CommunityCollection of 89 Posts
2022 Pie & AI Ambassador Spotlight: Jean de Dieu Nyandwi
Why did you join the DeepLearning.AI community as an event ambassador? Before becoming an ambassador I took several of DeepLearning.AI’s specializations. I believed that becoming an ambassador would help me to meet more people in…
2022 Pie & AI Ambassador Spotlight: Deepak Sai Pendyala
Why did you join the DeepLearning.AI community as an event ambassador? Pie & AI reaches underserved communities and highlights the importance of data science, artificial intelligence, and machine learning. As an undergrad, I’m always enthusiastic…
Andrew Ng on How His Updated Machine Learning Specialization Can Help You Break Into AI
In the mid-2000s, AI was still just a curiosity to the world at large. At Stanford University, however, one of the most popular classes on campus was Andrew Ng’s CS229 machine learning course. Enrollment was frequently too large to fit in the classroom, yet he wanted even more people to be able to master machine learning.
So, working with a few students, he created an online Machine Learning course that could be taken by anyone with an internet connection and a desire to learn. The rest is history. Coursera launched in 2012 with Machine Learning as its flagship title. It was also the platform’s most popular, with almost 5 million enrollments.
This year, to celebrate the course’s 10 year anniversary, DeepLearning.AI and Stanford Online released a successor — the Machine Learning Specialization. Andrew spoke with us about how the new Specialization improves on the original, who should take it, and how it fits into the modern AI builder’s career arc.
Working AI: How an Accomplished Data Scientist Found Job Satisfaction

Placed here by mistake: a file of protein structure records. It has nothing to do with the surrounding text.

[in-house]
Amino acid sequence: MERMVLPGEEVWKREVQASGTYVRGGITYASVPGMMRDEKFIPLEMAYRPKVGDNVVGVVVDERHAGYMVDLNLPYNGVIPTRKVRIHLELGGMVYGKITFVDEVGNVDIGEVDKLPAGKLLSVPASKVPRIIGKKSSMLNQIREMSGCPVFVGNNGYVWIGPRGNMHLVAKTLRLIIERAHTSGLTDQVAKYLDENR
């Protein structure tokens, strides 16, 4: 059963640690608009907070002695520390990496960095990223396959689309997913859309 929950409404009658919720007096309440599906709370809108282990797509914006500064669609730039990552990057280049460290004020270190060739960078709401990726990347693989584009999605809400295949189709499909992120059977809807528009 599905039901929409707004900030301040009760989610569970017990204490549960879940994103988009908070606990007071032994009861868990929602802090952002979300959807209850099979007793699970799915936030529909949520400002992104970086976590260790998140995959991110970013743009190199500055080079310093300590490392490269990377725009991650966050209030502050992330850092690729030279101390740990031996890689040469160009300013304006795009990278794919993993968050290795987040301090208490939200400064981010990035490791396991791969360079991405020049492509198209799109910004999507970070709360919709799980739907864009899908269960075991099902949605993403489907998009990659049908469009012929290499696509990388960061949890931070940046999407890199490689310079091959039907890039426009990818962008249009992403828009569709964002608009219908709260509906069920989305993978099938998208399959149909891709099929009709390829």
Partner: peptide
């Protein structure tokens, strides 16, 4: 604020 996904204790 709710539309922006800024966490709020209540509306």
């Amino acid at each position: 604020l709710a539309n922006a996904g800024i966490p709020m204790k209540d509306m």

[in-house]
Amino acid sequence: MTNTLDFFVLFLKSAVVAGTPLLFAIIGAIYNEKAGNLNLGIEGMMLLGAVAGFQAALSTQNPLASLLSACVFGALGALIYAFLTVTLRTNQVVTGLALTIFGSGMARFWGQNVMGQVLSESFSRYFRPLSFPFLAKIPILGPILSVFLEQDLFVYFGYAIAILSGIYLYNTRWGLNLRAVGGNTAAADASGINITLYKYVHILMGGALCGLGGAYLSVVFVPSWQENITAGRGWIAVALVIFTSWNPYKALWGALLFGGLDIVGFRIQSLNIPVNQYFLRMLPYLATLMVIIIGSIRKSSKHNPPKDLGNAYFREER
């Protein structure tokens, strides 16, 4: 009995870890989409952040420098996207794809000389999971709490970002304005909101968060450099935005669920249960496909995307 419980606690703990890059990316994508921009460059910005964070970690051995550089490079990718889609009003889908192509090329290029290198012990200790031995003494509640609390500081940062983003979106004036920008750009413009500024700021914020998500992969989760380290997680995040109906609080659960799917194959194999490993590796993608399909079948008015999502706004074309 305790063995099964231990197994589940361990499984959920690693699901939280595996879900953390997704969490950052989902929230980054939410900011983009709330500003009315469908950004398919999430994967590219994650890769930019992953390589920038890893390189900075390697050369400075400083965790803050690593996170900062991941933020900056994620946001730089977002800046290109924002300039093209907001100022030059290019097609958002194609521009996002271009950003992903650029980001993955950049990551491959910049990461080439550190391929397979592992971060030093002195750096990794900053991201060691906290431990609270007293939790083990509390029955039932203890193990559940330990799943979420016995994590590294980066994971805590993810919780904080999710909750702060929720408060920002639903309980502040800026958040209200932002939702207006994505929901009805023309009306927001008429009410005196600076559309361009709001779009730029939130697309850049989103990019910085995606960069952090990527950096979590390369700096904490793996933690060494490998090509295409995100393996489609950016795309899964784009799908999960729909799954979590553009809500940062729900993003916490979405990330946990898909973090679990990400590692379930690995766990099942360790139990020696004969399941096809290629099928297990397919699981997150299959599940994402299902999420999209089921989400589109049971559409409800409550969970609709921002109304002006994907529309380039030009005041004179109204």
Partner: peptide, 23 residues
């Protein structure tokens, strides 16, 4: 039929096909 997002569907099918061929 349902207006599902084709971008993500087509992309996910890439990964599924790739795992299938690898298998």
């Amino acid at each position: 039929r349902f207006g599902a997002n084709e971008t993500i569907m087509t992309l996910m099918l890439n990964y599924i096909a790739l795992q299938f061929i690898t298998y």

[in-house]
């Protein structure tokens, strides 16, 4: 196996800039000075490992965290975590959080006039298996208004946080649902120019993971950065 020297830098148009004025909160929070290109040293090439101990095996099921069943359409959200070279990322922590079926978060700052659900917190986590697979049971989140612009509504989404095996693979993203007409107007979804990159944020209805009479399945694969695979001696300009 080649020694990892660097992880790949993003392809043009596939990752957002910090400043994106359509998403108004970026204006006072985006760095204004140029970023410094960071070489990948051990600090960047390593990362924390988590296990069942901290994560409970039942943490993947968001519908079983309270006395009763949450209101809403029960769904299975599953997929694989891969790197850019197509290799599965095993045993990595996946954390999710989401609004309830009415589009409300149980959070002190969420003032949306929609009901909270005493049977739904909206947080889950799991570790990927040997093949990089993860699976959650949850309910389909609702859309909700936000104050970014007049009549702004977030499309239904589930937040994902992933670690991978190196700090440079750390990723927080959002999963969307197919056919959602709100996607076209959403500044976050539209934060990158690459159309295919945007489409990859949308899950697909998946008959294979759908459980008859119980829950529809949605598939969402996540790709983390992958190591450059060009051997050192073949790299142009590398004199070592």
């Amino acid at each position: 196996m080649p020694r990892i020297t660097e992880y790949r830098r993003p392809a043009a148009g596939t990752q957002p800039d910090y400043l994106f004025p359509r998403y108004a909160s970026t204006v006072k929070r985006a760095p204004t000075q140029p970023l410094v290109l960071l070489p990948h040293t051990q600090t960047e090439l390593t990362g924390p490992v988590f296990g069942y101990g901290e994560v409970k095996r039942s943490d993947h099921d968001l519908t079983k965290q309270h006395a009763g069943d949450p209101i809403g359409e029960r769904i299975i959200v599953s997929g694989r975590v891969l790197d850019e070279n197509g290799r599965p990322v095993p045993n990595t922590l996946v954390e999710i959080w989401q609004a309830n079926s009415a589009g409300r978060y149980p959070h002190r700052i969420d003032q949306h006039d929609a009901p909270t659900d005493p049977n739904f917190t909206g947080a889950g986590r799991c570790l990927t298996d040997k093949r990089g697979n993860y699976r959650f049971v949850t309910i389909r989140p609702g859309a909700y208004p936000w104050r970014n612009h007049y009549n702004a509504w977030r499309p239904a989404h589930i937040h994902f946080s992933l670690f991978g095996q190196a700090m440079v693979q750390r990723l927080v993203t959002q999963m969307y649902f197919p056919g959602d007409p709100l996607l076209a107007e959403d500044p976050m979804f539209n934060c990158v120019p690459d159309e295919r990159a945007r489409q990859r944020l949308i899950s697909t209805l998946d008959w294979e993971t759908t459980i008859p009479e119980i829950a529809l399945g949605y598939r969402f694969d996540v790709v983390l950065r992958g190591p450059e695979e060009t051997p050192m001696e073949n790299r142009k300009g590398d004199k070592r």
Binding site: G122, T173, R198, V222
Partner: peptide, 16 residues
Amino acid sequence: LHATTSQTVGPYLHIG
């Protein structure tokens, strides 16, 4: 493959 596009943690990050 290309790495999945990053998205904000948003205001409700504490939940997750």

Kulsoom Abdullah pivoted from network security into a data science role after taking Andrew Ng’s original Introduction to Machine Learning course from Stanford in 2013. A self-described learning addict, she has taken more than 10 online courses, most recently the Deep Learning Specialization. Outside of work, she’s a fitness fanatic, and was the first competitive weightlifter to compete professionally for Pakistan — after winning a fight to change the dress code to allow religious head coverings. On top of all that, she’s a travel
Breaking Into AI: How a Machine Learning Engineer Turns Ideas Into Products
Lorenzo Ostano first encountered machine learning and data science as a business analyst shortly after graduating from college. He dove into learning, and soon landed work as a machine learning engineer. After working several years for a variety of consulting companies, he recently took a job as a software engineer. He spoke to us about why he believes traditional computing skills are important to deploying enterprise machine learning applications.
Working AI: How a Determined Entrepreneur Used Deep Learning to Grow His Business
Kai Saksela is the CEO of NL Acoustics, a Finnish technology startup that designs and manufactures AI products to analyze sounds. He took the Deep Learning Specialization primarily because he loves learning new skills and has been fascinated by the field for a long time. He also had a hunch that neural networks would help his company solve a core problem: providing customers guidance on what they should do when their equipment starts making strange noises. He spoke with us about how his hunch paid off and why AI plays a central role in his company’s growth.